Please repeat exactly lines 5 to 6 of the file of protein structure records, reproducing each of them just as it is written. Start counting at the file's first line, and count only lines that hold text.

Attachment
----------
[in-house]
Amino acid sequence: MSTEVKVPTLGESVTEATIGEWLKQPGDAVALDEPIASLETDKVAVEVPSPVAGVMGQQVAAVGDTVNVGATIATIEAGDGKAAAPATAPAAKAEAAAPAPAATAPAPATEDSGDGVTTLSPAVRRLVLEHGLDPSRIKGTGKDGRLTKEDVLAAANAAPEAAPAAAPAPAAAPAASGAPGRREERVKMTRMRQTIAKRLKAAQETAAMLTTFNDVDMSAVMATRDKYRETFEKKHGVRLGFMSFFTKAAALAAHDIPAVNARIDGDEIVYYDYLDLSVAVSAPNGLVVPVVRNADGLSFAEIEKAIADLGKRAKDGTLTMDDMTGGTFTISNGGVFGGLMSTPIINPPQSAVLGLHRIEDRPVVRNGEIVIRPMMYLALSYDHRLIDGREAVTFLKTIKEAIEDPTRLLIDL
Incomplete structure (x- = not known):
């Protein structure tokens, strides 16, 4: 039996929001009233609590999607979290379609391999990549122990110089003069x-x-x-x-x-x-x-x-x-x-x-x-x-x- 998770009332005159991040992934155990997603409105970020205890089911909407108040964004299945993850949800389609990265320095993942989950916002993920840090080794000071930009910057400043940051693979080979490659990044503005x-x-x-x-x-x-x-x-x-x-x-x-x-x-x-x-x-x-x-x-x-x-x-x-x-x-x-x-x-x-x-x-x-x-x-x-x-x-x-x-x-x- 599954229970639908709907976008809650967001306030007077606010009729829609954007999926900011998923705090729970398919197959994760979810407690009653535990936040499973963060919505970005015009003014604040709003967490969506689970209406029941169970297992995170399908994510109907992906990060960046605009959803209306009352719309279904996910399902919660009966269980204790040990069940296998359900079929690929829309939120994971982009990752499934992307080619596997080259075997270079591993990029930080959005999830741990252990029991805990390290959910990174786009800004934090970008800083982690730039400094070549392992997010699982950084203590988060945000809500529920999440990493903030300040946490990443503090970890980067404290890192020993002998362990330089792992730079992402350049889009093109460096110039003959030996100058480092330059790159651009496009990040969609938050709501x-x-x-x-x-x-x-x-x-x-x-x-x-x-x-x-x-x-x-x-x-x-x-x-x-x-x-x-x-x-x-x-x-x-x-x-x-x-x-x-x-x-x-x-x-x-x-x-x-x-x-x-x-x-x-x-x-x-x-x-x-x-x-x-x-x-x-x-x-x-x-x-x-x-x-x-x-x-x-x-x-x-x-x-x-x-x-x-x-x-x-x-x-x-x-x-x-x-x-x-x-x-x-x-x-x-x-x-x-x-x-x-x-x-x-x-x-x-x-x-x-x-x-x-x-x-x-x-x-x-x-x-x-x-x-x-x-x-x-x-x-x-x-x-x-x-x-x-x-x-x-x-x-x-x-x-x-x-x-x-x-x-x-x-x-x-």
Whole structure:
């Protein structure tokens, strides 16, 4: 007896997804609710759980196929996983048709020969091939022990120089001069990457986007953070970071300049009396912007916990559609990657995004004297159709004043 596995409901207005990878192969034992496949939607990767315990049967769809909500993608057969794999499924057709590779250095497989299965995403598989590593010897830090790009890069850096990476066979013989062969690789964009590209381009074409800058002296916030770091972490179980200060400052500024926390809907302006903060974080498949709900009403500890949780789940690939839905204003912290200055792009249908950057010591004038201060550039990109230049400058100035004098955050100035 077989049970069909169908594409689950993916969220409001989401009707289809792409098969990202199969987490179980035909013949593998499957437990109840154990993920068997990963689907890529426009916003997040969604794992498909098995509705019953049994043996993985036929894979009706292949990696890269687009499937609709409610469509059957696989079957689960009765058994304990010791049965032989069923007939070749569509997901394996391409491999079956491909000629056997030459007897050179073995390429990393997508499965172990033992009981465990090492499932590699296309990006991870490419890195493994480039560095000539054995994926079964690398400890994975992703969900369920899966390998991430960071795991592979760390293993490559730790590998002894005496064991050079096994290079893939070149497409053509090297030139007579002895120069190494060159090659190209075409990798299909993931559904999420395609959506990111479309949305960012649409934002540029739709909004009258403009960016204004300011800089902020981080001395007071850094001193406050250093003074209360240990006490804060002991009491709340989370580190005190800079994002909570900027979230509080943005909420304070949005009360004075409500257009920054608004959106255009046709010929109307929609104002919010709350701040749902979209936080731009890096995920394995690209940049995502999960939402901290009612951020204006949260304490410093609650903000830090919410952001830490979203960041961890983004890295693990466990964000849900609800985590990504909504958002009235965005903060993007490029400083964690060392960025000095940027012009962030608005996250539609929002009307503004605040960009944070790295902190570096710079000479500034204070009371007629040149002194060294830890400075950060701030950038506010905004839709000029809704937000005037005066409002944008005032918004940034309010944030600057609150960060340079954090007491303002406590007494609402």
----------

Whole structure:
């Protein structure tokens, strides 16, 4: 007896997804609710759980196929996983048709020969091939022990120089001069990457986007953070970071300049009396912007916990559609990657995004004297159709004043 596995409901207005990878192969034992496949939607990767315990049967769809909500993608057969794999499924057709590779250095497989299965995403598989590593010897830090790009890069850096990476066979013989062969690789964009590209381009074409800058002296916030770091972490179980200060400052500024926390809907302006903060974080498949709900009403500890949780789940690939839905204003912290200055792009249908950057010591004038201060550039990109230049400058100035004098955050100035 077989049970069909169908594409689950993916969220409001989401009707289809792409098969990202199969987490179980035909013949593998499957437990109840154990993920068997990963689907890529426009916003997040969604794992498909098995509705019953049994043996993985036929894979009706292949990696890269687009499937609709409610469509059957696989079957689960009765058994304990010791049965032989069923007939070749569509997901394996391409491999079956491909000629056997030459007897050179073995390429990393997508499965172990033992009981465990090492499932590699296309990006991870490419890195493994480039560095000539054995994926079964690398400890994975992703969900369920899966390998991430960071795991592979760390293993490559730790590998002894005496064991050079096994290079893939070149497409053509090297030139007579002895120069190494060159090659190209075409990798299909993931559904999420395609959506990111479309949305960012649409934002540029739709909004009258403009960016204004300011800089902020981080001395007071850094001193406050250093003074209360240990006490804060002991009491709340989370580190005190800079994002909570900027979230509080943005909420304070949005009360004075409500257009920054608004959106255009046709010929109307929609104002919010709350701040749902979209936080731009890096995920394995690209940049995502999960939402901290009612951020204006949260304490410093609650903000830090919410952001830490979203960041961890983004890295693990466990964000849900609800985590990504909504958002009235965005903060993007490029400083964690060392960025000095940027012009962030608005996250539609929002009307503004605040960009944070790295902190570096710079000479500034204070009371007629040149002194060294830890400075950060701030950038506010905004839709000029809704937000005037005066409002944008005032918004940034309010944030600057609150960060340079954090007491303002406590007494609402």